Andrew Breitbart’s new political blog, Big Government, launched with a splash today, thanks to an investigative piece on ACORN. Could Breitbart, who worked as a researcher for Arianna Huffington back in the day, be following in her footsteps as an opinion blog rainmaker with a powerful one-stop shop?
Big Government got off to a big start today. Its main story was an undercover video taken by filmmaker James O’Keefe of what purported to be an ACORN worker advising a fake ‘pimp’ and his ‘prostitute’ how to avoid taxes and prosecution. ACORN, for its part, has condemned the video as “gotcha journalism” and demanded to see the full tape for proof that it wasn’t misleadingly edited. As of 1:50 pm, there have been 3 posts about ACORN, one introductory post, and one post about health care — a little slow, but the ACORN bit is probably enough to give the site a good first day.
And boy, does Breitbart know how to promote: he went on Fox News this morning to discuss his “exclusive” (and happened to mention his website a decent handful of times during the interview), and he got his video placed as the top story on Foxnews.com, ahead of arguably bigger stories like Joe Wilson’s outburst during Obama’s healthcare speech last night.
Having just launched, the site is in an embryonic RSS stage, but the similarity of its layout to Big Hollywood, another Breitbart site which has drawn hundreds of contributors into the relatively small niche of entertainment coverage with a conservative slant, bespeaks its ambition to become a leading political group blog.
Breitbart has proven himself much more web-savvy than his sensei/former boss Matt Drudge, whose Web 0.5 strategy of plastering a bunch of links on a white page still draws respectable traffic (1.1 million visitors a day, according to the New York Observer), and drives it to Breitbart’s sites. Breitbart’s expanding family of sites, on the other hand, includes straightforward link aggregator Breitbart.com, which is more navigable than Drudge Report thanks to tabs and search functions; Breitbart.tv, a curated set of embedded videos, with comments; Big Hollywood, a conservative groupblog on the entertainment industry which sounds based on that description like it should be an unmitigated disaster, but which somehow draws 700,000 unique visitors per month, according to Breitbart’s advertising kit. The whole family draws 5.1 million uniques a month.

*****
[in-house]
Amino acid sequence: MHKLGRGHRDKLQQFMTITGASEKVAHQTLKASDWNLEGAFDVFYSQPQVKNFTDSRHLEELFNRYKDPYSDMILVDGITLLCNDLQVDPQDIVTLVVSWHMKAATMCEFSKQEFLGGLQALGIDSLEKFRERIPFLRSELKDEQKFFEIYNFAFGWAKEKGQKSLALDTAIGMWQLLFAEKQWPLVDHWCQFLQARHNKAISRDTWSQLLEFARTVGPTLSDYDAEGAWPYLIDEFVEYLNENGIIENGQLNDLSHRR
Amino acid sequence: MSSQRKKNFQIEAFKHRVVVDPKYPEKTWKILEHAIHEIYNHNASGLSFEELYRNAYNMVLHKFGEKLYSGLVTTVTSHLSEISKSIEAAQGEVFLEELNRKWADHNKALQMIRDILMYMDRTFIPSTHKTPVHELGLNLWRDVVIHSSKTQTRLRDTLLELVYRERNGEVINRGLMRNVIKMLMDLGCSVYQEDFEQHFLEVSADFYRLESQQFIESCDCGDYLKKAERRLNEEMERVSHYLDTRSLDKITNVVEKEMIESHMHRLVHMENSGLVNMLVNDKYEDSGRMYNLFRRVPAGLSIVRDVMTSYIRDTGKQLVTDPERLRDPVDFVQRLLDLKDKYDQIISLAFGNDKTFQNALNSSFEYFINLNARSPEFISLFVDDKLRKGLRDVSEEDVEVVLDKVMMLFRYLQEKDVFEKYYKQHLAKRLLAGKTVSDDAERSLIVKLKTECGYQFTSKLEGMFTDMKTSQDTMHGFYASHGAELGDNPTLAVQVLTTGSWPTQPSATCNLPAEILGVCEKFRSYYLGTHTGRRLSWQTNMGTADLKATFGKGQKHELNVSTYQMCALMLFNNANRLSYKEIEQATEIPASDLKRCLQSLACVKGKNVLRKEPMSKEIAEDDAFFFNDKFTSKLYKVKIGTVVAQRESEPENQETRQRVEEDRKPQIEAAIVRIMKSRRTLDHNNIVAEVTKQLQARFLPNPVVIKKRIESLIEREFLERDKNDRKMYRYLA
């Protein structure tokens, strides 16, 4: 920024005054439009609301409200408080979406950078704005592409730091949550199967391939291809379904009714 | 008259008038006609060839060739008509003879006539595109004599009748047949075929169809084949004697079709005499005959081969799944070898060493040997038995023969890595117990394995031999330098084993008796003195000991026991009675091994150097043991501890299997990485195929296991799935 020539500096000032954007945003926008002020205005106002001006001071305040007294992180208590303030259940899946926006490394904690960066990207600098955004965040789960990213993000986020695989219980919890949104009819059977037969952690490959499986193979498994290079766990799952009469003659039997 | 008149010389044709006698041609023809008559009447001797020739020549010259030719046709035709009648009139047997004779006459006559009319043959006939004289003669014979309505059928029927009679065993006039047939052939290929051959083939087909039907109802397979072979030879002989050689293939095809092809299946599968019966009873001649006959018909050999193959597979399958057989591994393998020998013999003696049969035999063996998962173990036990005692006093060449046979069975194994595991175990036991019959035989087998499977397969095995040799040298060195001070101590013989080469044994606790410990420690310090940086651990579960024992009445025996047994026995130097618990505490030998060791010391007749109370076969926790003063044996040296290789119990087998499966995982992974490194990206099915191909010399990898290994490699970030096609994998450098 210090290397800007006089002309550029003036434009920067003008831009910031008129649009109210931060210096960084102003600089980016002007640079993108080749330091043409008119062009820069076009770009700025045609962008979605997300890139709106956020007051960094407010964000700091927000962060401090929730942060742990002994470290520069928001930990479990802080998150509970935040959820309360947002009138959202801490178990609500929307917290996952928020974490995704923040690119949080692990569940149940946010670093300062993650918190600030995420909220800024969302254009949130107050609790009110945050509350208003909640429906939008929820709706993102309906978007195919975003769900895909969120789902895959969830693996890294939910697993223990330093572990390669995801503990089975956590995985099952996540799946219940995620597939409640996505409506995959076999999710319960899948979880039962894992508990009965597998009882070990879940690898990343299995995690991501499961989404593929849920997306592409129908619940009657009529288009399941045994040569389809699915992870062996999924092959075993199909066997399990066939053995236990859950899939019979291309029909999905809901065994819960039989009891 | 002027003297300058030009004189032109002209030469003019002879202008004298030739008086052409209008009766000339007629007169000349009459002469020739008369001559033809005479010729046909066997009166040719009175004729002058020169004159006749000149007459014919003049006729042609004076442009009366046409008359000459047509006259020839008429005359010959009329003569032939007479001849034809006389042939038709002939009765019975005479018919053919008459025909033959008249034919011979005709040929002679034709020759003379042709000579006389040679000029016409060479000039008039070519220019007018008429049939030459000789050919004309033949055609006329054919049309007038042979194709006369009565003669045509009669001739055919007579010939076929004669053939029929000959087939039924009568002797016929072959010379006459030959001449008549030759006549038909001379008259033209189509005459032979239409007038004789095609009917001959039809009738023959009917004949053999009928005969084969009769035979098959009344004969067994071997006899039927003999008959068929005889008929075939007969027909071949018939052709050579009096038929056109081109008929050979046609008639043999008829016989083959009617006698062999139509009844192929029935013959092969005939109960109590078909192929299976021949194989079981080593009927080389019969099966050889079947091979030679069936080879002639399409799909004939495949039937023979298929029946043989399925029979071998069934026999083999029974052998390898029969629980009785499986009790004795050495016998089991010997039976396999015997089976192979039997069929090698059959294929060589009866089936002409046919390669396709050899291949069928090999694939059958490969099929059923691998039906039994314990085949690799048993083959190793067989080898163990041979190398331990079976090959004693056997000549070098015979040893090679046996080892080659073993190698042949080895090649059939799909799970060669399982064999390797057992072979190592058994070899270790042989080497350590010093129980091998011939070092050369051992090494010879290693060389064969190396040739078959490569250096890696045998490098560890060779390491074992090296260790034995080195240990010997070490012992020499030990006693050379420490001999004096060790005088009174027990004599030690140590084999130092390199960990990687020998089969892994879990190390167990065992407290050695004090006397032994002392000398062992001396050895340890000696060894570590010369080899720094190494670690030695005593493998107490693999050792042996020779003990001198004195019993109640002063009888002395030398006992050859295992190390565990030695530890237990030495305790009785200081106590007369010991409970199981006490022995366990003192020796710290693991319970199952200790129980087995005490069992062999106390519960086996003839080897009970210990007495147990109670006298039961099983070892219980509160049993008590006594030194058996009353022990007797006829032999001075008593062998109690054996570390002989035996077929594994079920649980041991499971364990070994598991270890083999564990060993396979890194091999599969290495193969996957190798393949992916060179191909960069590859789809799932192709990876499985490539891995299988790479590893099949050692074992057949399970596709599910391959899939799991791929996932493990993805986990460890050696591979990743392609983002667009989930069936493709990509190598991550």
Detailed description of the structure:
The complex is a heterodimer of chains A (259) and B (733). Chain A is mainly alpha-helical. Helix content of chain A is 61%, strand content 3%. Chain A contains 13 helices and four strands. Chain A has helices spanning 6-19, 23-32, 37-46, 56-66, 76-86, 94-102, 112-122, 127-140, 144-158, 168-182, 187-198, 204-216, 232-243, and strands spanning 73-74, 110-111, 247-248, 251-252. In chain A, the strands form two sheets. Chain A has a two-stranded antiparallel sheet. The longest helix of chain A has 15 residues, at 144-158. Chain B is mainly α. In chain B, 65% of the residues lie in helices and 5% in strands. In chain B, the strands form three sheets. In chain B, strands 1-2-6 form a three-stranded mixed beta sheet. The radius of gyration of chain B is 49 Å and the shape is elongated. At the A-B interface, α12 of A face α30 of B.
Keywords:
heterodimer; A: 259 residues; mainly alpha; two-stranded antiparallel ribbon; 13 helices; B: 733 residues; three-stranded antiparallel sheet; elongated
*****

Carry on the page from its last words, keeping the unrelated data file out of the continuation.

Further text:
According to a recent Sitemeter analysis by Bloggasm, conservative group blog Hot Air currently draws 808,777 uniques a day. It’s probably a long way off, but if a fully-realized Big Government even approaches numbers like that, Breitbart will have a vertically-integrated web empire on his hands.
Breitbart’s claim that the site will not be “a narrow Republican/conservative idea factory” seems dubious, especially because in the next breath he says in conservative code-language that “the advocates of liberty and free markets are not as narrow-thinking as the traditional media would have you believe.” Remember when HuffPo had the likes of Greg Gutfeld as columnists? Yeah, so much for that.
The political blogosphere thrives on brutal polarization, and Breitbart’s past successes show that he’s well aware of this. The Atlantic’s Mark Bowden recently wrote a great article about the negative effects that the partisan web has on news coverage that’s well worth a read.
But if polarization is bad for the body politic, it’s good for making bank. According to his ad kit, Breitbart charges a Perez Hilton-like $25,000 a day to place the biggest type of roadblock banner across his current sites. Big Government could mean bigger business.
image (top) via Just Another Blog (From LA)
Here’s a longish video of Breitbart on Fox News this morning — the ACORN video takes up most of the first half, and Breitbart cuts in at about the 5:20 mark.